“We have been (pranksters) the past. Whether that’s the character rubbing off on myself, or whether I would have been like that my whole life, I’m not too sure,” Oliver said. “At school, I was always, not the class clown or anything, but I’d always have a bit of a joke with my friends and that. And just being able to do it for 10 years, especially in that stage when you’re growing up and learning who you are and such, I’m sure it has taken root somewhat.”
It works both ways. James and Oliver Phelps have also rubbed off on Fred and George Weasley in the films. The Phelps twins occasionally find themselves finishing each other’s sentences, Oliver said, which is how the Weasley twins began speaking in unison on the big screen.
“That’s how it all came into the film really,” Oliver said. “On the third film, we were having a meeting with Alfonso [Cuarón], and either James cut me off or I cut James off, and you just saw a smile appear on Alfonso’s face, and he said, ‘Oh, I like that, I like that. Lets work that into it.’”
But James is quick to point out that twins aren’t identical in every way, even when they’re as closely knit as the Weasleys. “We may be completely wrong, but to us it kind of seems that Fred’s a bit more of the leader, and George kind of just goes with it, which is completely different to Oliver and I, because we’re both trying to boss each other around,” James said. “When people aren’t twins or haven’t got twins in the family, they kind of relate them as just one group.”
Oliver said he and James support rival soccer teams. James dresses more casually. “And I’m definitely the tidiest of the two of us,” Oliver said. “Definitely. We live together, and it always seems to be me putting the dishes away.”
They said they enjoyed being among “older kids” in the cast, growing up alongside their characters.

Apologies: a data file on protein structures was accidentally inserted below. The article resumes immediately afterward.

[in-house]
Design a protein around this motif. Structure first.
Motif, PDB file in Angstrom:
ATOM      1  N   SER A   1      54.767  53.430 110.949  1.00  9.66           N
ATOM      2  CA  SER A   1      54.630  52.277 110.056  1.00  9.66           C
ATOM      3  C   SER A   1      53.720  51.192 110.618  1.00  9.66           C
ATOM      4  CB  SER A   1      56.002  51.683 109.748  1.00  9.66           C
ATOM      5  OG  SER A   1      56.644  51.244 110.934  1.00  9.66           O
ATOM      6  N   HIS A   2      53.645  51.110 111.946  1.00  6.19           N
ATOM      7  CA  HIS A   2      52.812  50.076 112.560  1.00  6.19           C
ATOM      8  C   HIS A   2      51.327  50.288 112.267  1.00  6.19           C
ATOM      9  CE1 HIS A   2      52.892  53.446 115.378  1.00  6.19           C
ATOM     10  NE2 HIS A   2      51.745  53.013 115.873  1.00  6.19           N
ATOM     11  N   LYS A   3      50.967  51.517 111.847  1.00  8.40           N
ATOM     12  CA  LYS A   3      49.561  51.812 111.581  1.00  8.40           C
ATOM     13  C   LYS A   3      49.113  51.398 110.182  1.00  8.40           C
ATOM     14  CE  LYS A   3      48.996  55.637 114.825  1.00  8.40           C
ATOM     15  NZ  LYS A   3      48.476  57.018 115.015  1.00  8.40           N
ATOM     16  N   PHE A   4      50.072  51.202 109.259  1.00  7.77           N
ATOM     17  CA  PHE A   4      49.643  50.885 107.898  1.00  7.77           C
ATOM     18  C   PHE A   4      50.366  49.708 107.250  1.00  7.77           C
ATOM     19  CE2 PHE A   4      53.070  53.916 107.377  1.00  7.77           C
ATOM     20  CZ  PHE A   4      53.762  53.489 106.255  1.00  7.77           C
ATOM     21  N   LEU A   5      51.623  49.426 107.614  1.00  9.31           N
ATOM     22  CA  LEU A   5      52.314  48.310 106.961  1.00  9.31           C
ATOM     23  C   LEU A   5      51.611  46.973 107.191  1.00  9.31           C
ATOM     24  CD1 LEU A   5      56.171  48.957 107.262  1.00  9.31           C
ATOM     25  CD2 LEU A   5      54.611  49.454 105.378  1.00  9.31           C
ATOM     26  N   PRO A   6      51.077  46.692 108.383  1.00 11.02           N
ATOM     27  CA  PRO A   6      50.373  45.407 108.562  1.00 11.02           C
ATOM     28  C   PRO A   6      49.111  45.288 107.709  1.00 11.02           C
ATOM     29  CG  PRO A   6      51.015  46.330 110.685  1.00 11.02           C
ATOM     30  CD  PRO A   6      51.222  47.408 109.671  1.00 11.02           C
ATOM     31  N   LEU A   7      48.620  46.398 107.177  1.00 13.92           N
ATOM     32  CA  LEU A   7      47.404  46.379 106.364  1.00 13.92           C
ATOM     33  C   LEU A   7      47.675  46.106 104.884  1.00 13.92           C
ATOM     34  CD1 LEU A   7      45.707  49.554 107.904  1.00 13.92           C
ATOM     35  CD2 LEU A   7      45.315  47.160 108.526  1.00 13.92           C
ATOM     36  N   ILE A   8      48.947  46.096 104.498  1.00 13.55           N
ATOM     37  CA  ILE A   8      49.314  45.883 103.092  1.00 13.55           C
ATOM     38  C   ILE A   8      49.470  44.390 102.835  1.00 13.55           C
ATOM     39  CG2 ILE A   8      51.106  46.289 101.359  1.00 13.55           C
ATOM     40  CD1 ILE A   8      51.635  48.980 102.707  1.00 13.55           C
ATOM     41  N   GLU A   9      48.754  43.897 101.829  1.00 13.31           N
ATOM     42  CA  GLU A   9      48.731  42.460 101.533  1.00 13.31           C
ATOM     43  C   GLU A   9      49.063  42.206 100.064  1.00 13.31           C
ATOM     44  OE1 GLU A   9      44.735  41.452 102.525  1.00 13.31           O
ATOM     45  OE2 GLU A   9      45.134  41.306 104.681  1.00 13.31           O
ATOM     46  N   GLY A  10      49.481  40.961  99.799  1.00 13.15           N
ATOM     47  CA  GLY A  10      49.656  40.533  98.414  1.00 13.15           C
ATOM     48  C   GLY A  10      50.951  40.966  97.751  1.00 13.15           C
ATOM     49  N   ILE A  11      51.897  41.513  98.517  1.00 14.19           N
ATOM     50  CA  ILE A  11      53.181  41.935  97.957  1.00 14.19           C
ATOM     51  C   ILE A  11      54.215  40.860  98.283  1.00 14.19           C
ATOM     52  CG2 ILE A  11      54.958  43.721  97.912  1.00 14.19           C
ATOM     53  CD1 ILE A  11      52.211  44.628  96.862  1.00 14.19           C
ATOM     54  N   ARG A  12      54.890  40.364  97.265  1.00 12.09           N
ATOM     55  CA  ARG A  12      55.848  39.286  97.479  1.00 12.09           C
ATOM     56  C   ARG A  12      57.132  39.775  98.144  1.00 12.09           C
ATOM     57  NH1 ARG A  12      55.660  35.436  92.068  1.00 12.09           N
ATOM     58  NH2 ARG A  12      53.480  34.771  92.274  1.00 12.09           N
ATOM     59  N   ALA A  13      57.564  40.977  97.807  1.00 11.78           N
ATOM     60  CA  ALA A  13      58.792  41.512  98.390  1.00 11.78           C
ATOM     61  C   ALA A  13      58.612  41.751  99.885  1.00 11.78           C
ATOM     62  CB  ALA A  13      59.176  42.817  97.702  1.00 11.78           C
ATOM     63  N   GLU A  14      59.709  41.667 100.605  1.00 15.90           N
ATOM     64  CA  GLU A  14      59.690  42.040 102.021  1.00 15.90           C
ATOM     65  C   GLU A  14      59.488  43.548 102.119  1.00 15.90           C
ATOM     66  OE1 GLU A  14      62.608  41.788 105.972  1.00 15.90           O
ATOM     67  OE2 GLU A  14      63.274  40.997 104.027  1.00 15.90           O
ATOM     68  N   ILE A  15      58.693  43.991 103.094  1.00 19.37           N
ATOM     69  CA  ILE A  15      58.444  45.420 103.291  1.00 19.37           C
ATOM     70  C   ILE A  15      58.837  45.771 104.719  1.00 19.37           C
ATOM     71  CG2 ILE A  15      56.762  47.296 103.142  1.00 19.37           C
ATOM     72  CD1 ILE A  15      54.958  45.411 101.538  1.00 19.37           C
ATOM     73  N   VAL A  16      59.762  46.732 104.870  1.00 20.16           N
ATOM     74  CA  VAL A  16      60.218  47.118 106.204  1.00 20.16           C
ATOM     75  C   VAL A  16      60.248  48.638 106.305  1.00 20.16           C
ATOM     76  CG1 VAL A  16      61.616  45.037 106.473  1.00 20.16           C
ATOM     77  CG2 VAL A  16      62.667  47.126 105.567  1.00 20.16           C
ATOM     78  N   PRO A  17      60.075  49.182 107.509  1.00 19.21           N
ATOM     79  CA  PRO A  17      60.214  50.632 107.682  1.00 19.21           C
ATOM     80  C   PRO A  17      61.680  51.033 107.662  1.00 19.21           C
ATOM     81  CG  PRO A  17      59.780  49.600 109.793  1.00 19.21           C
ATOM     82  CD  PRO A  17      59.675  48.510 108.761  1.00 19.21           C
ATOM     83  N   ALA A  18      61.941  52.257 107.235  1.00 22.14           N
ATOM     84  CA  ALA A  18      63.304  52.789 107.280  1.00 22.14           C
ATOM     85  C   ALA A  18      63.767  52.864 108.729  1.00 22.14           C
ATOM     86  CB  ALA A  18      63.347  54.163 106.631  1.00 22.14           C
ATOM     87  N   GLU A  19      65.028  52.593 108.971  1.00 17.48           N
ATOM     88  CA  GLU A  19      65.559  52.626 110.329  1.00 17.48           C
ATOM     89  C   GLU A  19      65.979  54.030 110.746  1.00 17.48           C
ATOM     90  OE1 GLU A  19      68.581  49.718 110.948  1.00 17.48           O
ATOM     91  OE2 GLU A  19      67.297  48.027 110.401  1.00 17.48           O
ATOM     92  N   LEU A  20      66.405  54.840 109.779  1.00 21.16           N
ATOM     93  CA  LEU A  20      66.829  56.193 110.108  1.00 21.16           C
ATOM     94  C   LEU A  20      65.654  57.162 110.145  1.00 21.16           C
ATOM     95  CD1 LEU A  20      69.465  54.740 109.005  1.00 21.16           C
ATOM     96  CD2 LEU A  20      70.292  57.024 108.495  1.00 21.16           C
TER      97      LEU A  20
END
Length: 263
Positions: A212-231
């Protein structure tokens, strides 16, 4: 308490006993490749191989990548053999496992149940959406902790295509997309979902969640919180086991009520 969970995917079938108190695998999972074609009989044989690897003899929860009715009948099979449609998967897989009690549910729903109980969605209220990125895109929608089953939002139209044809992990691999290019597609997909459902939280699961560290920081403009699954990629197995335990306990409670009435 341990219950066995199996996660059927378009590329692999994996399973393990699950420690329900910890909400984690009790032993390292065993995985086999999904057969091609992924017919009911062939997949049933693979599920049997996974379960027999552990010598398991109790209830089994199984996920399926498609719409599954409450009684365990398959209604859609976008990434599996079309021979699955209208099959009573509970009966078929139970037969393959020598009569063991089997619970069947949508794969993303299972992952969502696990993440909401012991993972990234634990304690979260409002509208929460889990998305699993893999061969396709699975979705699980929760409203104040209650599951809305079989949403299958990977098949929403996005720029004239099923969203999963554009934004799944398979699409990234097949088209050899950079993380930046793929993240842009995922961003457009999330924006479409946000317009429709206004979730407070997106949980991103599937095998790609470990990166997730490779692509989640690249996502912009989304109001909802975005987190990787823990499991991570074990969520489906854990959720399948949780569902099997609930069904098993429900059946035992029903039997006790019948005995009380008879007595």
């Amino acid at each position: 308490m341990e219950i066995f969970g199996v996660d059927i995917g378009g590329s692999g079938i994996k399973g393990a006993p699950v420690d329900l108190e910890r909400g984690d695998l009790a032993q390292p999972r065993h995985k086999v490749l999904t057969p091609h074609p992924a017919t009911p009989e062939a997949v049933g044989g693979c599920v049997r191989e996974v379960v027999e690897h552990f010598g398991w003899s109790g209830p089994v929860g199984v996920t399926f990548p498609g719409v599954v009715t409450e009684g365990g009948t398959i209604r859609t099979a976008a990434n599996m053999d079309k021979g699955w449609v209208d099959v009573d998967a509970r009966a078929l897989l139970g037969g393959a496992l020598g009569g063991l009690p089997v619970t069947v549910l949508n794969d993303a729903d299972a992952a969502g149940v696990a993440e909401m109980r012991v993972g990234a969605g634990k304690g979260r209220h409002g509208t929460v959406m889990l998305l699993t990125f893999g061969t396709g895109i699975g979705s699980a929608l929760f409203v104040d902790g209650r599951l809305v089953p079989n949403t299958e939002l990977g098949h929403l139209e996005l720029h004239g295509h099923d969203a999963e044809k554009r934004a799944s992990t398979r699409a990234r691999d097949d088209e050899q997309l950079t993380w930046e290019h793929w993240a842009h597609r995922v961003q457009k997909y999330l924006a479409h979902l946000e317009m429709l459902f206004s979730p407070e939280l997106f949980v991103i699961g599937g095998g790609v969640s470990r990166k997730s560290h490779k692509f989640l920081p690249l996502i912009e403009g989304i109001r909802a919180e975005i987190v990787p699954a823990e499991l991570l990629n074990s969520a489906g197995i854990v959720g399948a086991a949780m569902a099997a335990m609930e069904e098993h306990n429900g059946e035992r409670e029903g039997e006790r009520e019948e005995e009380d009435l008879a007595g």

“While everyone else is learning math and science and that, we’re playing darts and wasting the day, as it were,” Oliver joked.
The Weasley twins left their school days in a blaze of glory near the end of the fifth film and opened their own joke shop, Weasley’s Wizard Wheezes, in the sixth, selling tricks and novelties, like “Pimp-Your-Broomstick” kits, shoes that walk on walls, and spot-removal glamours. But in the final two films, the brothers focus less on childish pranks and more on the resistance movement.
“It was really cool, actually, because in the other films we’ve always been like the comic relief characters,” Oliver said. “We’ve always been able to turn up on set and just keep smiling while the camera’s rolling. It was really good being able to show a different side of the character, and being able to show that Fred and George are quite aggressive, as well. They see the danger, and they want to go at things full on.”
That’s not to say their methods don’t still have the Weasley flair for a good gag. In one scene called “Seven Harry scene,” six cast members all become Harry to help him in an escape plot, in the tradition of “The Thomas Crown Affair” – a typical Weasley twin stunt, James said.
“That kind of shows that they’re kind of growing up, and they’re men as well,” he said. “So although they like to joke, it shows the adult and serious side of Fred and George. Obviously, they’re ready to fight, and that isn’t really a laughing matter.”
In the end, James and Oliver said, the Weasleys are true Gryffindors. “Fred and George are pranksters, and Ron’s clumsy, and whatnot; I think deep down, all the Weasleys have got a good heart on them. They may not have a lot, but they like to share it,” James said. “It’s about being courageous, never-say-die, always keep going,” Oliver said. “They show that later on, certainly in the ‘Deathly Hallows,’ when they’re prepared give it their all, give up everything they have for the greater good.”
— Noelene Clark